Sunday, November 21, 2010

Who loves ya, baby?

Charlemagne's notebook, the Economist blog on Europe, presents some interesting results from a recent Gallup poll of voters in different European nations. The charts reproduced in the blog are a little small, but they convey the basic findings well enough.

First, the data confirm that Europeans' approval of U.S. leadership jumped dramatically upon the election of Barack Obama, especially in Western Europe; the pattern is more attenuated in Eastern Europe.

Second, and more interestingly, it turns out that in almost all EU member states — the exceptions are the Netherlands, Denmark, and Germany — people over 55 are less likely to approve of U.S. leadership than are those between 15 and 30. This is surprising, as one might expect that older Europeans would view the U.S. more positively, since they "are more likely to remember America’s role in defeating Nazism in the second world war, its generosity in establishing the Marshall Plan and its role in confronting the Soviet Union during the cold war."

The Gallup finding thus raises 2 questions:
1) If the above explanation is true (positive memories among those who are older), why is it that the Dutch, the Danes, and the Germans remember these things much more strongly than their neighbours?
2) Assuming that the explanation is at least partially true, what positive things associated with the United States drive younger people, on average, to be even more supportive, given that they do not have any personal memory of these things (with the possible exception of the end of the Cold War)?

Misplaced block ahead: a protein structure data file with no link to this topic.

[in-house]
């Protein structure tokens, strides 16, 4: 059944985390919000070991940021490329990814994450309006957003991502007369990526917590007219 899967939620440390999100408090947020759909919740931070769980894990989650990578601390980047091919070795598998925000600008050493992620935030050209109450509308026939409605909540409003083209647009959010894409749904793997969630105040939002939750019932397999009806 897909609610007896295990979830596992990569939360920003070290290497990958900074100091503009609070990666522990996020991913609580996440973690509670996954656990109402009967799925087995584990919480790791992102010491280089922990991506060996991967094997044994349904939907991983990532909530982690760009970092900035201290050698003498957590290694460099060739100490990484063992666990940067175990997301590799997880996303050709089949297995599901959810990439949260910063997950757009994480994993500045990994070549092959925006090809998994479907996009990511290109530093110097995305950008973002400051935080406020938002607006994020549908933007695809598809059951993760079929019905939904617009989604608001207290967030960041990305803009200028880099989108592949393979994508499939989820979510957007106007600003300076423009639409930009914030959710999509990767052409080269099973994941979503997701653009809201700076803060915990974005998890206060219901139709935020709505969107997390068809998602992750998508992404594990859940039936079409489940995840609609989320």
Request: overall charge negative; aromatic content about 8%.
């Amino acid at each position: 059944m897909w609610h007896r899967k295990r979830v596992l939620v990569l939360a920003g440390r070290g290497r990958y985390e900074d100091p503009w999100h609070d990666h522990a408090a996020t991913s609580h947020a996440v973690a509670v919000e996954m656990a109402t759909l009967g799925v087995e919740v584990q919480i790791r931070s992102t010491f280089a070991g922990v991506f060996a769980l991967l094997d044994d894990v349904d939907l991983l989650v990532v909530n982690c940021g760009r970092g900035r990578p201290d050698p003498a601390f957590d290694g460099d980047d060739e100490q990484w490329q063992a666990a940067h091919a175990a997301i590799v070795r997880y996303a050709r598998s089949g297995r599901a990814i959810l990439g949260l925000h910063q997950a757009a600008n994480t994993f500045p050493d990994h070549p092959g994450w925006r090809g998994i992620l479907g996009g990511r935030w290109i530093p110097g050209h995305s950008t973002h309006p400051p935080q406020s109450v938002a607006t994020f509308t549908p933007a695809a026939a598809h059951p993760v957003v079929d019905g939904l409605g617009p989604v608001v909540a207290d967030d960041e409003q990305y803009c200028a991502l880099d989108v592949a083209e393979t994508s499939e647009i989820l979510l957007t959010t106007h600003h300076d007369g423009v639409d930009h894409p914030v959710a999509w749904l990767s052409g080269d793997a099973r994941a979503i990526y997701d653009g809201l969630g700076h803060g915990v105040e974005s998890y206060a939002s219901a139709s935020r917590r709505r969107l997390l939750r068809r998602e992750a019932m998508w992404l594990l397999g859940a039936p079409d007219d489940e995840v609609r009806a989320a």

Charlemagne suggests that those 55 and over may disproportionately belong to the "radical generation of 1968," which might counteract positive impressions built on Marshall Plan aid or Cold War alliances. This seems somewhat ad hoc. Moreover, I seriously doubt that the generation of 1968 was less radical in the Netherlands, Denmark, and Germany, which ought to be the case if 1968 radicalism is the primary driver of the observed old vs. young differences.

Given the contiguity and overall similarity of these 3 countries, I suspect that a single shared factor accounts for the Denmark-Germany-Netherlands pattern. What that factor might be, however, I don't know.

One further intriguing poll result reported by Charlemagne: Americans are far more likely to answer affirmatively the following question: "Do you have a cause in your life that you believe in so strongly that you would leave yoru friends and family or go to jail for?"

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